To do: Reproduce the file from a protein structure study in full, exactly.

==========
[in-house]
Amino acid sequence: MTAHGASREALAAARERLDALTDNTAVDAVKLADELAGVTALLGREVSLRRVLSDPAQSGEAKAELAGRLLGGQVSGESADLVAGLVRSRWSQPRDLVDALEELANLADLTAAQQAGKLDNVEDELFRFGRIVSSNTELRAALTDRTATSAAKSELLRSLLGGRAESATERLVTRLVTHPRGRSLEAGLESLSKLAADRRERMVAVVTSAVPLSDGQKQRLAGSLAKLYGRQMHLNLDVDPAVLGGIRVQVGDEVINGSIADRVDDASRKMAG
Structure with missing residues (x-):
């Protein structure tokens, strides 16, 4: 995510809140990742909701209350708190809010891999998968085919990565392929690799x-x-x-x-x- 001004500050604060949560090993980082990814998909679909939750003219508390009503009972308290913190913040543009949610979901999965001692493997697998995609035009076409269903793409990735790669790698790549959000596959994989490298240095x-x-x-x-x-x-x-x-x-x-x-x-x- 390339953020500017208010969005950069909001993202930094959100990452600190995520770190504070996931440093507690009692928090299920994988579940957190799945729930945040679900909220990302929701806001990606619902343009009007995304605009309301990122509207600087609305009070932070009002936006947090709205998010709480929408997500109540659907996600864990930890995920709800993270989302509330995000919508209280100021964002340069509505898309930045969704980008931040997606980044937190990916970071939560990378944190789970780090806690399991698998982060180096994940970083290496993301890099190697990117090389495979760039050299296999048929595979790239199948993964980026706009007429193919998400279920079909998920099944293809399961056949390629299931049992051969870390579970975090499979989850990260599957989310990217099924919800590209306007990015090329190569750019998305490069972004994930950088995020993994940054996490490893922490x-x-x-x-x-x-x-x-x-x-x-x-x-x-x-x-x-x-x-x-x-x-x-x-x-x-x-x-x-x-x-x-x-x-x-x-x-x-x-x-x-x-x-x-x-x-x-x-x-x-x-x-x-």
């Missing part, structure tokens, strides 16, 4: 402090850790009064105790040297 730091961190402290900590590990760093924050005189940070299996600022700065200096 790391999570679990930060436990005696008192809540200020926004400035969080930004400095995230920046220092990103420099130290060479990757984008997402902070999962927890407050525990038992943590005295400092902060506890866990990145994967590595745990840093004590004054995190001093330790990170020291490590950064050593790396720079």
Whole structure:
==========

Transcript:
[in-house]
Amino acid sequence: MTAHGASREALAAARERLDALTDNTAVDAVKLADELAGVTALLGREVSLRRVLSDPAQSGEAKAELAGRLLGGQVSGESADLVAGLVRSRWSQPRDLVDALEELANLADLTAAQQAGKLDNVEDELFRFGRIVSSNTELRAALTDRTATSAAKSELLRSLLGGRAESATERLVTRLVTHPRGRSLEAGLESLSKLAADRRERMVAVVTSAVPLSDGQKQRLAGSLAKLYGRQMHLNLDVDPAVLGGIRVQVGDEVINGSIADRVDDASRKMAG
Structure with missing residues (x-):
């Protein structure tokens, strides 16, 4: 995510809140990742909701209350708190809010891999998968085919990565392929690799x-x-x-x-x- 001004500050604060949560090993980082990814998909679909939750003219508390009503009972308290913190913040543009949610979901999965001692493997697998995609035009076409269903793409990735790669790698790549959000596959994989490298240095x-x-x-x-x-x-x-x-x-x-x-x-x- 390339953020500017208010969005950069909001993202930094959100990452600190995520770190504070996931440093507690009692928090299920994988579940957190799945729930945040679900909220990302929701806001990606619902343009009007995304605009309301990122509207600087609305009070932070009002936006947090709205998010709480929408997500109540659907996600864990930890995920709800993270989302509330995000919508209280100021964002340069509505898309930045969704980008931040997606980044937190990916970071939560990378944190789970780090806690399991698998982060180096994940970083290496993301890099190697990117090389495979760039050299296999048929595979790239199948993964980026706009007429193919998400279920079909998920099944293809399961056949390629299931049992051969870390579970975090499979989850990260599957989310990217099924919800590209306007990015090329190569750019998305490069972004994930950088995020993994940054996490490893922490x-x-x-x-x-x-x-x-x-x-x-x-x-x-x-x-x-x-x-x-x-x-x-x-x-x-x-x-x-x-x-x-x-x-x-x-x-x-x-x-x-x-x-x-x-x-x-x-x-x-x-x-x-």
């Missing part, structure tokens, strides 16, 4: 402090850790009064105790040297 730091961190402290900590590990760093924050005189940070299996600022700065200096 790391999570679990930060436990005696008192809540200020926004400035969080930004400095995230920046220092990103420099130290060479990757984008997402902070999962927890407050525990038992943590005295400092902060506890866990990145994967590595745990840093004590004054995190001093330790990170020291490590950064050593790396720079």
Whole structure: